|Billiards Playing Conditions|
It is no use trying to play billiards—" on a cloth untrue, with a twisted cue, and elliptical billiard balls," as W. S. Gilbert has it. Billiards is essentially a game of precision, and to play it at all well you must have the right implements to play with. A cue of your own is not a luxury, it is as much a necessity as his own clubs are to a golfer.
Of late years, Willie Smith has set the fashion for a heavy cue tipped with a brass ferrule. His cue weighs 18 oz. John Roberts said: "As regards the weight of a cue, I think 15 oz. to 16 oz. is heavy enough for anyone.
The length of a cue should be from 4 feet 8 inches to 4 feet 9 inches." Tom Newman uses a 17-oz. cue measuring 4 feet 10 inches in length, and as Smith's is heavier still, it is evident that the best of modern billiardists favor distinctly heavier cues than were used by the old past master of the game.
Weight and Length of Cue
I advise my readers to be up to date as regards using a cue of useful weight. The reason is mainly this—as I shall tell you again later on, one of the principal things in billiard playing is to " let the weight of the cue do the work." Therefore, provided it does not feel clumsy and awkward in your hand, you should select a cue which is heavy rather than light. Then the " weight of the cue " will do all the " work " you want it to perform; there is a lot more in this than you may think.
Newman and Smith do not play with seventeen and eighteen ounce cues for no particular reason. They know that the weight, properly placed in the cue and correctly applied by the player, equals cue-power, and I advise you to keep this in mind when you are selecting a cue for your own use. Another point in favor of a fairly heavy cue is that, if it is made as it should be, it will have enough wood in it to be stiff. And the stiffer a billiard cue is the better it is. A cue which shakes and quivers as it strikes a ball is good for but one thing—to lend to the man you want to beat.
Which reminds me that when you get a cue of your own, it is not clever to lend it. A bad player may spoil it, a good player may keep it if it is a first-class cue which suits his play—lending cues is about ten times more risky than lending books—don't do it! Pick a cue with a fair-sized tip, have it fitted with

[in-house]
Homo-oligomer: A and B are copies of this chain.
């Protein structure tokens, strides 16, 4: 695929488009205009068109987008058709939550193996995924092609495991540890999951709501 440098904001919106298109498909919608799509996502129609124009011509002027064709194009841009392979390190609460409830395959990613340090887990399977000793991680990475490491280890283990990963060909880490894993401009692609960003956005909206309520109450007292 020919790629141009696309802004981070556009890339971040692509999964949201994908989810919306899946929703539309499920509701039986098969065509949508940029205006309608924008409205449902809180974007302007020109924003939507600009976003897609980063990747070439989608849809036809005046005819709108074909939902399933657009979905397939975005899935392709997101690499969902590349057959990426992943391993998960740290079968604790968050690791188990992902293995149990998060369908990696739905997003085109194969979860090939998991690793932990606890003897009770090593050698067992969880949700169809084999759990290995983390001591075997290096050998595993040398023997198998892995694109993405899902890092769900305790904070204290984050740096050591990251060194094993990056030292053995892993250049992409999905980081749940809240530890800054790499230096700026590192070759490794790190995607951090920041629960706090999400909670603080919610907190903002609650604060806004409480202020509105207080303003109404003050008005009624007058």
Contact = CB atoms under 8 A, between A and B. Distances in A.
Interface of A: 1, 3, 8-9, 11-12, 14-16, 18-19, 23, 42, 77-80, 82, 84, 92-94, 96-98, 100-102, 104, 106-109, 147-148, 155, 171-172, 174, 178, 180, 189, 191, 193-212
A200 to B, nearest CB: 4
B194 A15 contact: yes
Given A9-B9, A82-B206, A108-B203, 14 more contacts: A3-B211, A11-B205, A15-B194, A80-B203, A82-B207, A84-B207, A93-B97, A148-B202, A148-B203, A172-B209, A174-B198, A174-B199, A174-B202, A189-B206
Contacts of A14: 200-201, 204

a brass ferrule, and polish it with a dry cloth, plain paper, or constant play, the latter preferred. If you are in the habit of sandpapering the woodwork of your cue, buy a cheap one, the cheaper the better, because it will only be fit for firewood before long, and it is a mistake to pay too much to keep the home
fires burning. In any other case, pay enough for your cue to get one of the best from a firm of standing and reputation.
Balls, Ivory and Composition
As regards balls, there is no getting away from the fact that ivory balls are the only kind officially recognized for the championships, which makes them the standard ball for billiards. For this reason, all the strokes in my book have been played with ivory balls of equal size and weight. At the same time, I fully realize that composition balls are used to a much greater extent than the ivories are, and I think the day is not far distant when some make of composition ball will demand official recognition. There is nothing else for it, as far as I can see.
Ivory balls really worth playing with are an expensive luxury, and a set of ivories fit for first-class play is worth a fancy price. The fact of the matter is that ivory suitable for billiard ball manufacture must be getting more and more scarce every year, while the demand is at least as great as ever. A time must come, and I think it will arrive sooner than many people think, when the law of supply and demand will bring composition balls on the table for championship billiards.
The question is one for the Billiards Association and Control Council, and I should like to hint that the makers of composition balls would assist their own interests if they conducted exhaustive experiments to produce a ball which comes off at as near the ivory angle as possible, and is less apt to pick up dirt than composition balls usually are.
Edited by Elias Stonewall for http://contentdesk.com. More articles on billiards and pool available at Content Desk!
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